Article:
a memory storing a test rod pattern design; an interface receiving a set of limits applicable to the test rod pattern design and enabling a sequence strategy for positioning subsets of the rod pattern design based on the limits to be established; a simulator for running a simulation reactor operation on at least a subset of the rod pattern design to produce a plurality of simulated results, and a processor comparing the simulated results against the limits, the interface providing data indicating limits that were violated by the test rod pattern design during the simulation. 13. The arrangement of 14. The arrangement of 15. The arrangement of 16. The arrangement of 17. The arrangement of 18. The arrangement of 19. The arrangement of 20. The arrangement of 21. The arrangement of 22. The arrangement of the memory further stores an objective function that is based on a generic objective function definition being a sum of a first number of credit terms plus a sum of a second number of penalty terms, the limits received by the interface includes credit term variables related to credit terms of the objective function and penalty term variables related to penalty terms of the objective function, and the processor, based on the credit term variables and penalty term variables, evaluates the simulated results using the objective function to generate an objective function value for each simulated result. 23. The arrangement of the interface receives a command modifying the test rod pattern design to create a derivative rod pattern design; the simulator repeats the simulation on the derivative rod pattern design, the processor compares the simulated results against the limits, and the interface provides data indicating limits that were violated by the derivative rod pattern design during the simulation. 24. The arrangement of the interface, simulator and processor perform N iterations of rod pattern design modification, simulation, comparison and data providing functions, and, for selected ones of the N iterations, the memory stores information related to rod pattern design, limits, simulated results and data from the comparison. 25. The arrangement of the interface, simulator and processor perform said N iterations until the processor determines, in a particular iteration, that all limits have been satisfied, or satisfied within an acceptable margin, and the interface outputs data related to an acceptable rod pattern design for the nuclear reactor. 26. The arrangement of 27. The arrangement of the limits further comprise limits applicable to variables that are to be input for performing the simulation, and result limits applicable to the simulated results. 28. The arrangement of the input limits are related to client-inputted plant-specific constraints and core performance criteria, and the result limits are related to at least one of operational parameter limits used for reactor operation, core safety limits, margins to those operational and safety limits and client-inputted plant-specific constraints. 29. The arrangement of 30. The arrangement of 31. A method of performing rod pattern design for a nuclear reactor, comprising:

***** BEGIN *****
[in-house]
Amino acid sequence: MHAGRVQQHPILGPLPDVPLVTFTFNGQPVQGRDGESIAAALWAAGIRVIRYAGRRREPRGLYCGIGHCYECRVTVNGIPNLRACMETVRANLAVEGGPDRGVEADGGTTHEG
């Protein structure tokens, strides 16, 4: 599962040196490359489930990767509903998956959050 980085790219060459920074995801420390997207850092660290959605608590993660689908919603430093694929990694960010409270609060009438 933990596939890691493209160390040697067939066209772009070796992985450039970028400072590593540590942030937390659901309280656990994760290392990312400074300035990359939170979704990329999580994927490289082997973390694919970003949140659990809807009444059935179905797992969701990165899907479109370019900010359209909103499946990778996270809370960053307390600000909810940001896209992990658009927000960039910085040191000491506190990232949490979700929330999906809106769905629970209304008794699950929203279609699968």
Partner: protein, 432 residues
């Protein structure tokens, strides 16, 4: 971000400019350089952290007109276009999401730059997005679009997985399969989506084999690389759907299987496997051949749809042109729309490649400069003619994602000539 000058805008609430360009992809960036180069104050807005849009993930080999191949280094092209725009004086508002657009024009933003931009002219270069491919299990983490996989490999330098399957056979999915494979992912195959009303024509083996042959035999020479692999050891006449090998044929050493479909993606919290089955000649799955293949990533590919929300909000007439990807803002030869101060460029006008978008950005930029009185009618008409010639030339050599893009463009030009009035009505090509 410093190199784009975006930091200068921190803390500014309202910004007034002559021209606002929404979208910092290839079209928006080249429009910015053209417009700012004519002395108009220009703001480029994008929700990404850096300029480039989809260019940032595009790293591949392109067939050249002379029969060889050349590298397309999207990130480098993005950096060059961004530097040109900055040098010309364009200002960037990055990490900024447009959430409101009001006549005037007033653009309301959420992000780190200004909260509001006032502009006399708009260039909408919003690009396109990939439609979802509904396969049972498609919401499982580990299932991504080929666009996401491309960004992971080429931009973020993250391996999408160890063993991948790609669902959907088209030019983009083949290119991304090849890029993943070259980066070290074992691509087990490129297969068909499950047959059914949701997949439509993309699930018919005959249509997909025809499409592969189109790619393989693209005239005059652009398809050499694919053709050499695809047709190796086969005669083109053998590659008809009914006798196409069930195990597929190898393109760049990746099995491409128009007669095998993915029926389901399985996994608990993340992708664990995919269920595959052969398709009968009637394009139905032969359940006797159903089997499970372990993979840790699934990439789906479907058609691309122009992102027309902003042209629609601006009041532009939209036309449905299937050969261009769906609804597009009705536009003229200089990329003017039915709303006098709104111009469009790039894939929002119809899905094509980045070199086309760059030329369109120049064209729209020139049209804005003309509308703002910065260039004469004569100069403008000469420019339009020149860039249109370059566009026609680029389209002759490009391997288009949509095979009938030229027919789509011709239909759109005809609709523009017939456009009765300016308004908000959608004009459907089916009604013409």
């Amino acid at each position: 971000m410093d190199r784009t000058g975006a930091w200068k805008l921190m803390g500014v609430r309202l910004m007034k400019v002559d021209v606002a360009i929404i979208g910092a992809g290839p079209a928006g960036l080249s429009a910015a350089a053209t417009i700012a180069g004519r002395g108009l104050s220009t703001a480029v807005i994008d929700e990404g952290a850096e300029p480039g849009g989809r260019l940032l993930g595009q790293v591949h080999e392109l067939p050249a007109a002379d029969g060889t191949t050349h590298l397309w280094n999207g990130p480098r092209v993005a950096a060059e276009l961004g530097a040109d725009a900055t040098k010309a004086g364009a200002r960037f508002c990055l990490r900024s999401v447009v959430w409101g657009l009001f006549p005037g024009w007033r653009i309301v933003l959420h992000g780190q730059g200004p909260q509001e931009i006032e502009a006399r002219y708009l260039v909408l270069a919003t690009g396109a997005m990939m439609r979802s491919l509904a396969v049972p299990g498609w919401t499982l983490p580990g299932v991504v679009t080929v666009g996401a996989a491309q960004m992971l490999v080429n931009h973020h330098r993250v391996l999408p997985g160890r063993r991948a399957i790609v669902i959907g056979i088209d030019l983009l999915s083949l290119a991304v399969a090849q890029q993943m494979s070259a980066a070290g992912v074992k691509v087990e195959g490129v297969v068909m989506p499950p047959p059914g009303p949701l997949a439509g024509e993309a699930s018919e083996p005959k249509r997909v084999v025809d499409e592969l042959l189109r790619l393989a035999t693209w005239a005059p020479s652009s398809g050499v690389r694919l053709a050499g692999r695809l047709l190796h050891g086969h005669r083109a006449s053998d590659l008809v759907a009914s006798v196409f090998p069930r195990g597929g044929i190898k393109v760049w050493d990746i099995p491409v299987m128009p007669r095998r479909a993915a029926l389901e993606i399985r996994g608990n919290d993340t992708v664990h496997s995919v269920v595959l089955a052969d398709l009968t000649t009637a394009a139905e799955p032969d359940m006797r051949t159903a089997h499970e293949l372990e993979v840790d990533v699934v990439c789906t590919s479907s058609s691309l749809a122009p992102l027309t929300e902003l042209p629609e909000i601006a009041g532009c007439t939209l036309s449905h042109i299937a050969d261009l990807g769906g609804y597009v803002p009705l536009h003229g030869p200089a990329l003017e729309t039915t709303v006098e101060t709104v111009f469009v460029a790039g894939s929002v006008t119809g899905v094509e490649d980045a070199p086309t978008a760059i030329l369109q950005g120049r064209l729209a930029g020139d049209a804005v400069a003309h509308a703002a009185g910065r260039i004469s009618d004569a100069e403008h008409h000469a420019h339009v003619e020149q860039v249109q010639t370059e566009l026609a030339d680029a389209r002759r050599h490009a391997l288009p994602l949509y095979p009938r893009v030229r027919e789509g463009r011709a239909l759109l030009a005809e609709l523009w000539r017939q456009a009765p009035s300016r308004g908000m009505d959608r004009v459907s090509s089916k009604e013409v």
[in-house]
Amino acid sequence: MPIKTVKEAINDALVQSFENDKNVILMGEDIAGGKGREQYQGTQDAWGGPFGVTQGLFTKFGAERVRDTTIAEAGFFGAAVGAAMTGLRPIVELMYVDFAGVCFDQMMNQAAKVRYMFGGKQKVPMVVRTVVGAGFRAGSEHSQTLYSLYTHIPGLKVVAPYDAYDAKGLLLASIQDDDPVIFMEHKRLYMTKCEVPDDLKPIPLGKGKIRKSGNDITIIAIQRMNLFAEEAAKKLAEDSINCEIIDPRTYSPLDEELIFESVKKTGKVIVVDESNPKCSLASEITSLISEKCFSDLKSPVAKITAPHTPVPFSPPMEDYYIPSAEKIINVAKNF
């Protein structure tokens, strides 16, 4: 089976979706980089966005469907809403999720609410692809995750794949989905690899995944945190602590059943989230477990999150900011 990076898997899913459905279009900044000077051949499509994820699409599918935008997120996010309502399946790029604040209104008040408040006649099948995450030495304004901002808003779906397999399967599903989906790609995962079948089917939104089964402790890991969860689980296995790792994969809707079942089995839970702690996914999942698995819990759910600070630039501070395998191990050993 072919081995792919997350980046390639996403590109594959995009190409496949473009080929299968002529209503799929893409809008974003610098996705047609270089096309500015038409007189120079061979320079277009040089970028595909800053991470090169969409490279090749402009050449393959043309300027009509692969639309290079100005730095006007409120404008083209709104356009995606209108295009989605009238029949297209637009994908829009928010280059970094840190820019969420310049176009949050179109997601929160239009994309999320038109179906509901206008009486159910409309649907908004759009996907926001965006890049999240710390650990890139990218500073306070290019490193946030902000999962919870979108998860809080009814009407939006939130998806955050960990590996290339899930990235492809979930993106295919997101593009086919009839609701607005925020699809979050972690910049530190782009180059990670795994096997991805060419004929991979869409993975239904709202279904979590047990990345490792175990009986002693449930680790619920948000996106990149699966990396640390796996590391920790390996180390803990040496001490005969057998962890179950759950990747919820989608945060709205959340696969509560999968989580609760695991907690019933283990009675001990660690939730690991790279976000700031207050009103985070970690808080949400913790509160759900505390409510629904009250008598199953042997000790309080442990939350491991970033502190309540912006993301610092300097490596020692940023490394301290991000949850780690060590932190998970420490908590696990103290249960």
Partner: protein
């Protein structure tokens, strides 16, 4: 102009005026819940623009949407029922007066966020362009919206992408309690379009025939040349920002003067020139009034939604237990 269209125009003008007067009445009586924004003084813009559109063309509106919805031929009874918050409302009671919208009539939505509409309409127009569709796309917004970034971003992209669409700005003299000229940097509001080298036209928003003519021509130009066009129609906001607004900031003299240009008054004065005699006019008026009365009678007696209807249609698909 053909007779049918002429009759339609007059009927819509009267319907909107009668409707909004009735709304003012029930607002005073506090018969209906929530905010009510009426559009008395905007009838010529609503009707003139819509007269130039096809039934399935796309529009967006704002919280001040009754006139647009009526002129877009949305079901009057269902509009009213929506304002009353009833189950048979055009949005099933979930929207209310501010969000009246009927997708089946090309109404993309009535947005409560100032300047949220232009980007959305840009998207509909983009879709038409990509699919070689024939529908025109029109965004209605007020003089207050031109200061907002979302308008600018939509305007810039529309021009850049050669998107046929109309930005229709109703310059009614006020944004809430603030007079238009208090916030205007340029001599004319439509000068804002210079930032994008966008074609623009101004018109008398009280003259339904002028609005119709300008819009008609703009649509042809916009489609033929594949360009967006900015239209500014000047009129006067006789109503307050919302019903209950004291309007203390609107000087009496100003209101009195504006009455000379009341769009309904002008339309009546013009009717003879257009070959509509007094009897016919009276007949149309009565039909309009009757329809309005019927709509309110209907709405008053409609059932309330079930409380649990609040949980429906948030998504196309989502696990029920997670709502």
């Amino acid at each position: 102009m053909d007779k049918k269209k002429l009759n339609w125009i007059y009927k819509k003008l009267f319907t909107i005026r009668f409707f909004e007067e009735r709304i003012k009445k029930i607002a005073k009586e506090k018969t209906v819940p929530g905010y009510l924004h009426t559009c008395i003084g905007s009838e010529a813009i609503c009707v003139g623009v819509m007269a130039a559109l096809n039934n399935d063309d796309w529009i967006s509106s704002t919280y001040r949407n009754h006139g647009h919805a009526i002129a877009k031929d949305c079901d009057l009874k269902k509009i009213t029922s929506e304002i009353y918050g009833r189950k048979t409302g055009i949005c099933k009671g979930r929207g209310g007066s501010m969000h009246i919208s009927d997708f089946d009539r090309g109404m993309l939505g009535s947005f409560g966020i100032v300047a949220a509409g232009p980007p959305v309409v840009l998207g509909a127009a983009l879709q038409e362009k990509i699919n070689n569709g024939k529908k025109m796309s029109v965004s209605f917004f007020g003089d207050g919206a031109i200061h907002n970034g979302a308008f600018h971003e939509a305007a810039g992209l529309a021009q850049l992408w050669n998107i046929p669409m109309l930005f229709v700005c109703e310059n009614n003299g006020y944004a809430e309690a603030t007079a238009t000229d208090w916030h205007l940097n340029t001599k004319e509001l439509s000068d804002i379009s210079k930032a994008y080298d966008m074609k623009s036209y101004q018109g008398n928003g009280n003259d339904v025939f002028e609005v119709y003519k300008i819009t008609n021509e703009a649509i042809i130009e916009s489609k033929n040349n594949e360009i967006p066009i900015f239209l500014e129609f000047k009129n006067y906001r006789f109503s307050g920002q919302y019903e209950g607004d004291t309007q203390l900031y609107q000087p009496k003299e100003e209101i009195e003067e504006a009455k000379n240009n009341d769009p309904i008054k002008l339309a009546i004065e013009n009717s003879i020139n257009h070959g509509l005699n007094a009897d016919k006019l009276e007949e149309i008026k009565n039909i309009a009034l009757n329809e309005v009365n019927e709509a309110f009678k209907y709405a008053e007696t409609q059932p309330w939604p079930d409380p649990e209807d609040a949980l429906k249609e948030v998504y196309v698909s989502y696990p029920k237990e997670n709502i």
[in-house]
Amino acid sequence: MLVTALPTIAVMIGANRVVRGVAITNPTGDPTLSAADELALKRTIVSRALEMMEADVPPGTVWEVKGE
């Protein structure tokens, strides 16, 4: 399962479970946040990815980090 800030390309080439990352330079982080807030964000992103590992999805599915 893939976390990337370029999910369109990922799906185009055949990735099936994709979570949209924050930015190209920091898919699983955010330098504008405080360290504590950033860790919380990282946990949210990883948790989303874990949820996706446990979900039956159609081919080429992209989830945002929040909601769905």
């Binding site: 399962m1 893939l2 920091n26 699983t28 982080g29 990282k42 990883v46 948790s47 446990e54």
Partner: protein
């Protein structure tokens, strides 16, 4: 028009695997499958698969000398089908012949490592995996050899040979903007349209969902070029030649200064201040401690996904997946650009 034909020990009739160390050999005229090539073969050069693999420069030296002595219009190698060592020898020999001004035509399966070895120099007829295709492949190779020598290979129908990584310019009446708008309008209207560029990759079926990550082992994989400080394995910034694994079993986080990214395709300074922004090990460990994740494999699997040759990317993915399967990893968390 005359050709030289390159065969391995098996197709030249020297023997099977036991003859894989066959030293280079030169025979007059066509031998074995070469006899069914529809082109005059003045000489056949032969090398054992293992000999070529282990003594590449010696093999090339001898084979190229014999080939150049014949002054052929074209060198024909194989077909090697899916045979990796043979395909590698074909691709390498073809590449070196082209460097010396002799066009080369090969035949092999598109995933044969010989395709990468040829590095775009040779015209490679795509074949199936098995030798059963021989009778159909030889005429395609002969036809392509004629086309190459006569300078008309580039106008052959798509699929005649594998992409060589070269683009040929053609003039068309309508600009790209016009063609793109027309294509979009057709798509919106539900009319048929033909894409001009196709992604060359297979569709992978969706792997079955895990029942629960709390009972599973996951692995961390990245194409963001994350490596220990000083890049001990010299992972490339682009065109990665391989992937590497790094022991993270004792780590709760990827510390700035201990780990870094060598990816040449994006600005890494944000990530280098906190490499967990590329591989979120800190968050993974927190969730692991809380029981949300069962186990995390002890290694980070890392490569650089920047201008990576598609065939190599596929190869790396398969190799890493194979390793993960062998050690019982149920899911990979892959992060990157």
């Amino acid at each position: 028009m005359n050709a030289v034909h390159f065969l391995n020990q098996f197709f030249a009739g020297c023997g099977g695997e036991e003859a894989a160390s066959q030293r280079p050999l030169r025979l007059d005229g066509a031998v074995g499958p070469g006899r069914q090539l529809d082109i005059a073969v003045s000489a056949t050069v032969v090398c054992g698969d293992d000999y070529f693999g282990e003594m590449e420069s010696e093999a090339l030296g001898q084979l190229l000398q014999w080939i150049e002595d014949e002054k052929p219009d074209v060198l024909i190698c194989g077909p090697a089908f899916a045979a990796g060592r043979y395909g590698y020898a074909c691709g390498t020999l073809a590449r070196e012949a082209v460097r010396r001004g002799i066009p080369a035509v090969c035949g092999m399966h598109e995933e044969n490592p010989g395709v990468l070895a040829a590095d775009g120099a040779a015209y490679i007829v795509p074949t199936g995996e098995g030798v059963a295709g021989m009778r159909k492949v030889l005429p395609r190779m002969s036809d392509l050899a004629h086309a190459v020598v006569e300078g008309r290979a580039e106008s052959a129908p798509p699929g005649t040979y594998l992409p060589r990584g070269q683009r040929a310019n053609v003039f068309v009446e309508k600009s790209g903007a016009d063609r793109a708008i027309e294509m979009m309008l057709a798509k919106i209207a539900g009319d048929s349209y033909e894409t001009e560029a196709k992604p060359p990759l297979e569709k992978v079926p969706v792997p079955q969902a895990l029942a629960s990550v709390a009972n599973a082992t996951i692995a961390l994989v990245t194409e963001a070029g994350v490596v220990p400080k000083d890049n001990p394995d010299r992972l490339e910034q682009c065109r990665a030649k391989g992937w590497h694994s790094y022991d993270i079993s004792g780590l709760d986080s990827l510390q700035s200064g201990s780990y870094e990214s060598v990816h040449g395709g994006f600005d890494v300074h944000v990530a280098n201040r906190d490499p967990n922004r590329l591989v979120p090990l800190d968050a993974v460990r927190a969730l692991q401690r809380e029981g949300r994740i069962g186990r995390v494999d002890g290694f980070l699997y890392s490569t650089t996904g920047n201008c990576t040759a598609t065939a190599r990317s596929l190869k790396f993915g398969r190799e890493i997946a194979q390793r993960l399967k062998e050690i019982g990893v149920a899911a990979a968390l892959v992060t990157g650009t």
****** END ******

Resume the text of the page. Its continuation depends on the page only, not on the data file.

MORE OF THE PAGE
receiving parameters input by a user that are applicable to a test rod pattern design; simulating reactor operation on at least a subset of the test rod pattern design to produce a plurality of simulated results; comparing the simulated results against the limits; displaying data indicative of limits that were violated by the test rod pattern design during the simulation for review by the user, and modifying the test rod pattern design based on the displayed data to create a derivative rod pattern design, unless all limits have been satisfied, or satisfied within a margin that is acceptable to the user. 32. The method of storing information related to the test rod pattern design, limits, simulated results and data from the comparison. 33. The method of iteratively repeating the simulating, comparing, displaying and modifying steps to develop N iterations of the derivative rod pattern design until the comparing in a particular iteration indicates that all limits have been satisfied, or satisfied within an acceptable margin; and outputting data related to an acceptable rod pattern design for the nuclear reactor. 34. A computer program product comprising a computer-readable medium having computer program logic stored thereon for enabling a processor of the product to provide data for determining a rod pattern design for a nuclear reactor, the computer program logic causing the processor to perform the steps of: